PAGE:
At the end of World War II, GM "put a dealership in every little hamlet" to keep up with the postwar boom. Sixty years later, in 2005, long after that boom had ended and every domestic maker was losing market share, GM had 15,094 dealerships. By 2007 GM had reduced that to 14,118 dealers. But if GM plans to compete financially with its overseas competition, it will need to shrink that number a great deal further.
Chevrolet has 4,000 dealerships. Toyota, to sell the same amount of cars, has just 1,244 dealers. Put another way, the typical Toyota dealer moves 1,766 cars per year. The typical Chevrolet dealer moves 554. And the other domestics fare about the same: the usual Ford dealership rolls 556 vehicles off the lot every year, while a Dodge dealer does 374 per year.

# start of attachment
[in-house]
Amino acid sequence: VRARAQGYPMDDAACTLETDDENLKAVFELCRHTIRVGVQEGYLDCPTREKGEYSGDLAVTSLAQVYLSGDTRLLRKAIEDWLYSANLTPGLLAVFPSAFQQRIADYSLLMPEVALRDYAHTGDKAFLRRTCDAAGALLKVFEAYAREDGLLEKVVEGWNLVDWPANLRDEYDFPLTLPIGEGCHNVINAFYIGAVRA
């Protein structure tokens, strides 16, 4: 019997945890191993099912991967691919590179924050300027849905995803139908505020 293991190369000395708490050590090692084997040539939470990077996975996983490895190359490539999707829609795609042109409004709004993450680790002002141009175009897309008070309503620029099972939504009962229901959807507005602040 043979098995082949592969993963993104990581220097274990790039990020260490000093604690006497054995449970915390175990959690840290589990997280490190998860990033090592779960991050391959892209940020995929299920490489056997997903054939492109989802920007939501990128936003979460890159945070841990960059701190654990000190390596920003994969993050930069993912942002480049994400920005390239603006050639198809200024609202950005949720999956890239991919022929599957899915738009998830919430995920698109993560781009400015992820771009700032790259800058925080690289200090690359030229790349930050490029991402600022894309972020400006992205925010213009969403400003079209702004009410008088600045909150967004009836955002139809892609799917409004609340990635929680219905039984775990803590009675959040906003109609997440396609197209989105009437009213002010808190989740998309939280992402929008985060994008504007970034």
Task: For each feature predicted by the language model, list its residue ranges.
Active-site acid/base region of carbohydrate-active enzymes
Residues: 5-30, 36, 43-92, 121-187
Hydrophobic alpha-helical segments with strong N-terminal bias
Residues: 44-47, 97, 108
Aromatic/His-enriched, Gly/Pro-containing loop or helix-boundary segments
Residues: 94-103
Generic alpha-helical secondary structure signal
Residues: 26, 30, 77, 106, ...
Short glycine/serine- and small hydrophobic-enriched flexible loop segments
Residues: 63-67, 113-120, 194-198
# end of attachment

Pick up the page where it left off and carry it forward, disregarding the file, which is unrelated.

GM is looking at consolidating Pontiac, Buick, and GMC shops into one. However, state franchise laws don't make closing dealerships easy, and it's hard to tell a profitable dealer that he needs to close for the good of the parent company. Dale Willey, head of the National Automobile Dealers Association, said "Dealers make the decision to get into the business, and the manufacturers accepted the dealers getting into the business. It ought to be the dealers' decision to get out of the business." While GM CEO Rick Wagoner realizes that the "payoff is significant" for reducing the number of outlets, he must know that the price will be significant as well.

[Source: Detroit News]

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